Plastic pollution is ubiquitous and not even remote protected islands are safe from it. Floating debris can adsorb toxic compounds that concentrate on their surface, being available to the animals that ingest them. For this reason, a baseline study of plastic pollution was conducted in the remote Revillagigedo Archipelago, in the Mexican Pacific Ocean. In 47 manta net samples an average of 4.8 plastics/1000m2 was found, 73% of the pieces being <5 mm. Polyethylene and polypropylene were the most common polymers found. The chemical analysis of organic pollutants revealed that organochlorine pesticides, polycyclic aromatic hydrocarbons and polychlorinated biphenyls are adsorbed on the plastics collected in the area. Filter feeding megafauna such as humpback whales, manta rays and whale sharks could ingest contaminated micro and macroplastics. Plastics were found also on the beach, where they are available to the ingestion by terrestrial animals, including endemic species endangered to extinction.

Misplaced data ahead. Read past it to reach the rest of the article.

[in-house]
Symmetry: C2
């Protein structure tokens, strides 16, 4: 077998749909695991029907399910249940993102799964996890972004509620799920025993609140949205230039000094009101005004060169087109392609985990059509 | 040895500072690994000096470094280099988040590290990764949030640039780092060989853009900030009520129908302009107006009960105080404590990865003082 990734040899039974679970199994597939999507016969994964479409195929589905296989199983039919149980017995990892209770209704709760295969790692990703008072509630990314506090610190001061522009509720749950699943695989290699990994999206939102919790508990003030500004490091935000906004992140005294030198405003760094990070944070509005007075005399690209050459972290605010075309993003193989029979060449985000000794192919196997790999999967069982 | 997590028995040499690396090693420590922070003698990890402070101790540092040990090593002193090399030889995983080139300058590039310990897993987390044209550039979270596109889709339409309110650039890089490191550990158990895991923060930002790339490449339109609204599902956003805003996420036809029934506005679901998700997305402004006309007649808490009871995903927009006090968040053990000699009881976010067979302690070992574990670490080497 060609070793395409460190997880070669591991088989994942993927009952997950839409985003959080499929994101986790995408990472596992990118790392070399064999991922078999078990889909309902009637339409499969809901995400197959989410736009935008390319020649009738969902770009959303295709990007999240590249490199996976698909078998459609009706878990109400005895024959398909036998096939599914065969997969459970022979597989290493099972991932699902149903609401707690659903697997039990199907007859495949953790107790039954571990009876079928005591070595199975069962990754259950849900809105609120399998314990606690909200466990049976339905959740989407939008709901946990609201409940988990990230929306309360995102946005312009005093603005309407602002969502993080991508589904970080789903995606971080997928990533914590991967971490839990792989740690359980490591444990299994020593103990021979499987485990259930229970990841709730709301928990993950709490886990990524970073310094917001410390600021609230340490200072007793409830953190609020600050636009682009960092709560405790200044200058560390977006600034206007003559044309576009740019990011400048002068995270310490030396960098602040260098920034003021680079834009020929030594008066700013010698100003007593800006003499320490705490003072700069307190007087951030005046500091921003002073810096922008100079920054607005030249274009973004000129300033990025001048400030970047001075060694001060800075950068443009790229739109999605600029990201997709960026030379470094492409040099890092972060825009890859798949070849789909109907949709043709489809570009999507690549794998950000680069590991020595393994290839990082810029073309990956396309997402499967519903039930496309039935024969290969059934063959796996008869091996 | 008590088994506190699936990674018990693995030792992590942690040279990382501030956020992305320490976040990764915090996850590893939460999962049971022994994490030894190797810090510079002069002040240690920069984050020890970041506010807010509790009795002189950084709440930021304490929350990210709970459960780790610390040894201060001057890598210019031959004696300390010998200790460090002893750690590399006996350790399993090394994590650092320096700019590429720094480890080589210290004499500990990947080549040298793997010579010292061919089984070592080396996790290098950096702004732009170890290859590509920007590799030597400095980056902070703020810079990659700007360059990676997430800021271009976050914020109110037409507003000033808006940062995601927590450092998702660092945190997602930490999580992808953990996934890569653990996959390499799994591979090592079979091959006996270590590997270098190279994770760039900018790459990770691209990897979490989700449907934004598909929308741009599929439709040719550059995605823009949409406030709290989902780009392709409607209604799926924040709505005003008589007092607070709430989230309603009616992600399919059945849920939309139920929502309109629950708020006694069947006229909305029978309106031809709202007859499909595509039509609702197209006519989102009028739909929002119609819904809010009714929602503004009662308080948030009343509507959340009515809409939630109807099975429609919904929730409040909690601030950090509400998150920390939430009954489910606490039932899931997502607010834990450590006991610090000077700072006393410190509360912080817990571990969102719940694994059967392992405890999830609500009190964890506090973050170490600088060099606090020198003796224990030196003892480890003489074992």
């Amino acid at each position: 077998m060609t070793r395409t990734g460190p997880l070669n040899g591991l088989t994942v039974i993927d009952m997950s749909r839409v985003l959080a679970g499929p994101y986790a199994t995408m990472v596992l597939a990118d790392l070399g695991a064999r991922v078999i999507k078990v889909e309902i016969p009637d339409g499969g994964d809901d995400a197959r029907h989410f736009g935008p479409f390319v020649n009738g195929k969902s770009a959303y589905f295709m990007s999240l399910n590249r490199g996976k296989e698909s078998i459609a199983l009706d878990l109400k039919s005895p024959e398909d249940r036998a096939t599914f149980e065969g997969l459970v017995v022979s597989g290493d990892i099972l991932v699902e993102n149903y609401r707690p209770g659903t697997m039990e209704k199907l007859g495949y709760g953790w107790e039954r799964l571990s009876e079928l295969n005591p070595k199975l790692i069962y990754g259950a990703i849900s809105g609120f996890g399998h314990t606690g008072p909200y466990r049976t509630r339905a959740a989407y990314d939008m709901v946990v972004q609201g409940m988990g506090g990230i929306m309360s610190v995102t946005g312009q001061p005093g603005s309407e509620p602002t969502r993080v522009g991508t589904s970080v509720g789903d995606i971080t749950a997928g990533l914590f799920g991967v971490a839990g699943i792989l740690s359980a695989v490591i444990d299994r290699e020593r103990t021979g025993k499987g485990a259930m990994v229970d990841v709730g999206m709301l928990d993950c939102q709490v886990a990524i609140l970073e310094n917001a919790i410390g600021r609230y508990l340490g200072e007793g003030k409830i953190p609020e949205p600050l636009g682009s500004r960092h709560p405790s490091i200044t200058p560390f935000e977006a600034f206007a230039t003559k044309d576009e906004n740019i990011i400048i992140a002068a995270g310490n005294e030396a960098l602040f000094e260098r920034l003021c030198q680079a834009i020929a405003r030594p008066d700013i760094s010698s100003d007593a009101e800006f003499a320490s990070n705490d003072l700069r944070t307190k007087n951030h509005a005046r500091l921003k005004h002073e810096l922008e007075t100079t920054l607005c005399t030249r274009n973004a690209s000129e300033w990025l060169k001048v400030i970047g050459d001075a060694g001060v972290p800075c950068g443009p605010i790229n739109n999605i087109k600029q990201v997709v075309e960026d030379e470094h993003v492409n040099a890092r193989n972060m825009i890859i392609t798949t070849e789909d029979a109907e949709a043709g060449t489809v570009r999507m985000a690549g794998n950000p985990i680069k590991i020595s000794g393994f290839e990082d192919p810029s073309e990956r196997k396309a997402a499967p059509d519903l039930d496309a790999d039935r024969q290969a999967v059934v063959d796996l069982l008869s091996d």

- Organochlorine pesticides